Do Benefits Come Out of Your Printers? They Will With Lean

Like IBM and HP, Xerox is a technology company that transformed itself from just being a hardware provider into a services company as well. (You may not think of Xerox as a technology company, since it doesn’t make computers, but what else would you call printers, copiers and fax machines?)

What is interesting about Xerox is that they promote Lean Six Sigma as an essential part of their expertise. There are plenty of lean consulting firms, but not many (if any) that are focused on document and information management.

Xerox understandably boasts about its accomplishments. I’m writing about them today not to discuss whether Xerox is a good company, but to note how lean initiatives can yield big benefits in regard to something as unglamorous as printing.

Procter & Gamble hired Xerox to manage its worldwide print operations. According to the Environmental Leader website, Xerox “has been able to help P&G cut operational costs 20-25 percent by helping control when and how printers, copier and fax machines work… At P&G, it’s predicted that the improvements will cut printer-related power usage by 30 percent and paper consumption by 20-30 percent.”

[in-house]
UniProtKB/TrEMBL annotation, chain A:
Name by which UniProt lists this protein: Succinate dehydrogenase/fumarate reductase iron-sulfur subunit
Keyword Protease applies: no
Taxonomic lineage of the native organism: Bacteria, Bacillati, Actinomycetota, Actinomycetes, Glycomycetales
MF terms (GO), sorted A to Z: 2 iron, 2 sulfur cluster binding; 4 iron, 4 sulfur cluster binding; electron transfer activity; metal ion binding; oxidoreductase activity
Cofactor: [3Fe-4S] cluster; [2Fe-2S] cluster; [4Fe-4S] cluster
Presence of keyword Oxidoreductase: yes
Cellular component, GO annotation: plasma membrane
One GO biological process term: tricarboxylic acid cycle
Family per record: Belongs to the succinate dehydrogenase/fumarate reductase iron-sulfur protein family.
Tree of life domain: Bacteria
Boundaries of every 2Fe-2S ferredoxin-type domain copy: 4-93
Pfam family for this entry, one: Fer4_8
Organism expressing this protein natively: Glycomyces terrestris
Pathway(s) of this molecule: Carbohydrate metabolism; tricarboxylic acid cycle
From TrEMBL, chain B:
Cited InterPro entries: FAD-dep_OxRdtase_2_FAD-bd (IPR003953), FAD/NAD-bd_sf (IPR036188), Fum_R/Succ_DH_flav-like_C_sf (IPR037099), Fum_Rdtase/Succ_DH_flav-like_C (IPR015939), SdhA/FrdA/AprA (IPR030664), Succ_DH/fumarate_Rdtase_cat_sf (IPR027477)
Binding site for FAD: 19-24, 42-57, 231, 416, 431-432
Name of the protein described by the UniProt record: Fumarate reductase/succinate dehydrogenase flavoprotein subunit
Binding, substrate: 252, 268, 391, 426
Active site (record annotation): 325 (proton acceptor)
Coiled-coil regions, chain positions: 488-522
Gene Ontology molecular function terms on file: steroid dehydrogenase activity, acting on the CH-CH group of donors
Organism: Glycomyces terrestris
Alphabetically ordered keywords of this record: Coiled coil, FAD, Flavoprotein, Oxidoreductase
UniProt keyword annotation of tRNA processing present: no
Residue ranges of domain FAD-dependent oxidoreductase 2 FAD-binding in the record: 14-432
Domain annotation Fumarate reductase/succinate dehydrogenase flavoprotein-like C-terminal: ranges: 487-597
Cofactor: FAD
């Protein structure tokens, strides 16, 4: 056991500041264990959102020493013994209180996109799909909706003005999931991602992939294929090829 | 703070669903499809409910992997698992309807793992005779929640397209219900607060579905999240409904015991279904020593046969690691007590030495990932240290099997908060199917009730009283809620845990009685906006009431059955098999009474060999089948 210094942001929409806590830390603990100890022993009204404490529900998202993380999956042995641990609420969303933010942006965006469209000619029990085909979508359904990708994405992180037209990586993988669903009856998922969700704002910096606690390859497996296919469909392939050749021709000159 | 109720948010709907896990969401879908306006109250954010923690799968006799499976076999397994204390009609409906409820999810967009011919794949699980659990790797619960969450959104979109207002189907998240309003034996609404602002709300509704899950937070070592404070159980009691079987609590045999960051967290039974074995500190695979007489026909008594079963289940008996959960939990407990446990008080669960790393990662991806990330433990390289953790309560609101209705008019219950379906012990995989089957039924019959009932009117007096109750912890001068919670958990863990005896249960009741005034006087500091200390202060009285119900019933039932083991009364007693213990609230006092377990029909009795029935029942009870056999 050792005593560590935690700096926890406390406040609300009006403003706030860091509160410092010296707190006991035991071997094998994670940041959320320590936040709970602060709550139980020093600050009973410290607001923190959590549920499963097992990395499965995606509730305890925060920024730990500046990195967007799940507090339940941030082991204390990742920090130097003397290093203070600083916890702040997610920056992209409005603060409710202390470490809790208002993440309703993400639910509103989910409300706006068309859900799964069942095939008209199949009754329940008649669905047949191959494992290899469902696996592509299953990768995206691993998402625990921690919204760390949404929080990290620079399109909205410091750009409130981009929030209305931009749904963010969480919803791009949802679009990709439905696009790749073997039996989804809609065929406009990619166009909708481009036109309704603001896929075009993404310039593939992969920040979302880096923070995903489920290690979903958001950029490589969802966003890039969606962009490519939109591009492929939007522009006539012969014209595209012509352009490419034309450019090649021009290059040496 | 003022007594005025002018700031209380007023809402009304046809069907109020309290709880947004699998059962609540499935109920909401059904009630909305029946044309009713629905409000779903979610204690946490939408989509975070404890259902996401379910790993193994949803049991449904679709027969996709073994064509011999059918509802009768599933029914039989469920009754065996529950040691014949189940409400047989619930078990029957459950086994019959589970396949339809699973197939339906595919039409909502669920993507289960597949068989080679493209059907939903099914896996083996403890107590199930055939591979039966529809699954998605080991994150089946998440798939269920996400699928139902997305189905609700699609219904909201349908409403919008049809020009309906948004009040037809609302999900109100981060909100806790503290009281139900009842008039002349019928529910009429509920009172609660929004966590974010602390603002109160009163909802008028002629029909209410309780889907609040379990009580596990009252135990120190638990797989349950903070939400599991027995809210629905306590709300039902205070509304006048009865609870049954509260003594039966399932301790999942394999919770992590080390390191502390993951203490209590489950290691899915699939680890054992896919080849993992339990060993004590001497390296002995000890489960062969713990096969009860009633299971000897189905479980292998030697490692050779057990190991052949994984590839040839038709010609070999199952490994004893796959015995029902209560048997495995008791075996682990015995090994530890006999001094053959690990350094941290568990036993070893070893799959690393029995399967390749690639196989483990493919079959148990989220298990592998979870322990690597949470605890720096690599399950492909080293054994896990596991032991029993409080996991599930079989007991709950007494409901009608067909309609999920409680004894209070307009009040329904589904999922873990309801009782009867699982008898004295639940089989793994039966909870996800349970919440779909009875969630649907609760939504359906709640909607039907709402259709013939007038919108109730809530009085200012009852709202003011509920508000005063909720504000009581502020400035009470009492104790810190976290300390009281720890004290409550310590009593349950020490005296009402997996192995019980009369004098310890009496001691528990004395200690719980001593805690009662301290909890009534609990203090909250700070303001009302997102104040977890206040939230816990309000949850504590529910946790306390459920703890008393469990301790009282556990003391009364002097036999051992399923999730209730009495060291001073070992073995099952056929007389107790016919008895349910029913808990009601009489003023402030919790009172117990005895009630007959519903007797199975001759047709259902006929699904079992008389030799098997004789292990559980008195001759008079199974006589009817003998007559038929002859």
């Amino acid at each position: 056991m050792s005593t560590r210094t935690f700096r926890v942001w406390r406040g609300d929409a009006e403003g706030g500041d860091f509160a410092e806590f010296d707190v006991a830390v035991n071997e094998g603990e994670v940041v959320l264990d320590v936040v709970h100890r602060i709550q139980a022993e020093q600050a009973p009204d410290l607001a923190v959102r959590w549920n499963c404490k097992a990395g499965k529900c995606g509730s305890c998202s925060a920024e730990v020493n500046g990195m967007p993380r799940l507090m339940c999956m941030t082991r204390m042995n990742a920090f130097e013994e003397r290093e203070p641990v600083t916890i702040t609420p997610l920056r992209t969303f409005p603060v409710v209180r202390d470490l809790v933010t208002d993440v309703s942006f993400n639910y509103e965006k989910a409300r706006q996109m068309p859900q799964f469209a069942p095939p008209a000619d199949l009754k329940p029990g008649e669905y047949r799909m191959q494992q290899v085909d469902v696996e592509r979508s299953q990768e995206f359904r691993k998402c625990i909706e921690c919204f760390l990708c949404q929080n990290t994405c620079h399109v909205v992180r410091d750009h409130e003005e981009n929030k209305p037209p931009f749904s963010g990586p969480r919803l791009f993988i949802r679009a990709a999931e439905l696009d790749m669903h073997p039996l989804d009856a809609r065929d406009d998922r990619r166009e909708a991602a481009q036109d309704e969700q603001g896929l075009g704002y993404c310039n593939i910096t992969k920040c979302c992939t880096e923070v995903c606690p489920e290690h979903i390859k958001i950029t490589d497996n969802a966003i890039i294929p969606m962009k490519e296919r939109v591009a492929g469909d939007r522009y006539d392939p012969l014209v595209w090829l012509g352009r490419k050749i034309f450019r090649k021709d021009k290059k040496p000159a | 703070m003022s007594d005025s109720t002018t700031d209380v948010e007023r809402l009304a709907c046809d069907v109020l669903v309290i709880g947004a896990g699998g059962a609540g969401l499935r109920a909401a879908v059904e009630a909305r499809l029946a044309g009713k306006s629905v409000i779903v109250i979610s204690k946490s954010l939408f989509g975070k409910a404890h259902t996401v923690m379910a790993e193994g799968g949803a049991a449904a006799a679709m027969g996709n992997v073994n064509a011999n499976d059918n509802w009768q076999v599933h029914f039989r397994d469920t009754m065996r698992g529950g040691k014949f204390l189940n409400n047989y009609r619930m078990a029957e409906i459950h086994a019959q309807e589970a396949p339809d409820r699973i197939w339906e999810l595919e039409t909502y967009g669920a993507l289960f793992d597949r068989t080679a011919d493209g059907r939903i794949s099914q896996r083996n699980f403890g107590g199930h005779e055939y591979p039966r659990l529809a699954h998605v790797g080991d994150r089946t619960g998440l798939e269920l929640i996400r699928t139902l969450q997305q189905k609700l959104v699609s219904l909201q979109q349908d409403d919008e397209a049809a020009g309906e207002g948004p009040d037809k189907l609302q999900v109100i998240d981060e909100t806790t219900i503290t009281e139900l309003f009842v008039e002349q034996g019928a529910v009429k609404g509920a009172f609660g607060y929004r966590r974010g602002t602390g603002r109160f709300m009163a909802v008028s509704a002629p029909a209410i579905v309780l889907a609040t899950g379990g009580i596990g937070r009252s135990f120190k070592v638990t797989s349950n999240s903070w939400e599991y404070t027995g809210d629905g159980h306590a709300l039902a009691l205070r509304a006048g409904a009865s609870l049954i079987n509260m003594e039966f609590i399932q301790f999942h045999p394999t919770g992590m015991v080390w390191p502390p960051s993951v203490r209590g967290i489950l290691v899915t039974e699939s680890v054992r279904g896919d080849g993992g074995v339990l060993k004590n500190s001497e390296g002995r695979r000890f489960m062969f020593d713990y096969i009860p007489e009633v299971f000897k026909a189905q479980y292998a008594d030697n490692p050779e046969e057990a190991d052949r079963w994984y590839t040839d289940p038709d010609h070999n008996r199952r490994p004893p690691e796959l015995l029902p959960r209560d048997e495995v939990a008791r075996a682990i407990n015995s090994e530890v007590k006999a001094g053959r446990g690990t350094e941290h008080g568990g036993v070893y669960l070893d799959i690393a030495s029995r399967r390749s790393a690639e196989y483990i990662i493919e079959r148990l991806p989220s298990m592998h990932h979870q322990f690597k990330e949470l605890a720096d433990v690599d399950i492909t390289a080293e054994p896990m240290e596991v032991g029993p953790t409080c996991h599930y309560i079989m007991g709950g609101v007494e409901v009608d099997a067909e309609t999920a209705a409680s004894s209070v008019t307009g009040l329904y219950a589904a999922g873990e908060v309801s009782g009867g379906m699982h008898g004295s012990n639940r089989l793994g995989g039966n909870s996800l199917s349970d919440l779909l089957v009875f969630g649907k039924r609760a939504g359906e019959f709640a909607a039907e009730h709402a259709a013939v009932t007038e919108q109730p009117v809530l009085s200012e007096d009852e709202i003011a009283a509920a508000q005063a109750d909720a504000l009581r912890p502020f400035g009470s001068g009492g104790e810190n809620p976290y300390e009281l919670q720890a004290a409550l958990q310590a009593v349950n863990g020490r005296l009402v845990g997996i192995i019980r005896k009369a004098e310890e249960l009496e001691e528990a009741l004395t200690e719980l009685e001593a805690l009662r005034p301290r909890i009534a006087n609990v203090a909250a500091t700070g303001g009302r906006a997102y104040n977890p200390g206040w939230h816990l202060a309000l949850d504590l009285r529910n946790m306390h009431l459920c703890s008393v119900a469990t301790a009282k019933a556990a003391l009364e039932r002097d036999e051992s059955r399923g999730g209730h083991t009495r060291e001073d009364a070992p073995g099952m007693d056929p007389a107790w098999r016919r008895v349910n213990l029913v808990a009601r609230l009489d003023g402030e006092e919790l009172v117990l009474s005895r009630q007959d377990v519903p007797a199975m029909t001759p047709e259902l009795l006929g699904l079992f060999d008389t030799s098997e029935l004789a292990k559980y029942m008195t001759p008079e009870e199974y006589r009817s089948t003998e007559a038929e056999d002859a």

Earlier this year, Xerox issued a news release describing its work with KeyCorp.

The financial services company reduced operating costs by more than $6 million over six years, working with Xerox to better manage the volume of documents flowing through its 120 offices - and the costs associated with printing, sharing and updating them…

Using a Xerox Lean Six Sigma-based assessment, Xerox Global Services and KeyCorp evaluated employees' daily work processes to design a document management strategy that saves millions on print costs. By decreasing the number of output devices, like printers, fax machines, copiers and scanners, from 10,000 to 3,500, KeyCorp also boosted productivity, reduced paper consumption, decreased power usage and eliminated tons of landfill waste…

While I believe any statement in a news release should be taken with a grain of salt, I’m sure KeyCorp wouldn’t have agreed to the release unless there were some truth to what is being said.

Even the most ordinary or mundane operations can be improved with a lean approach.

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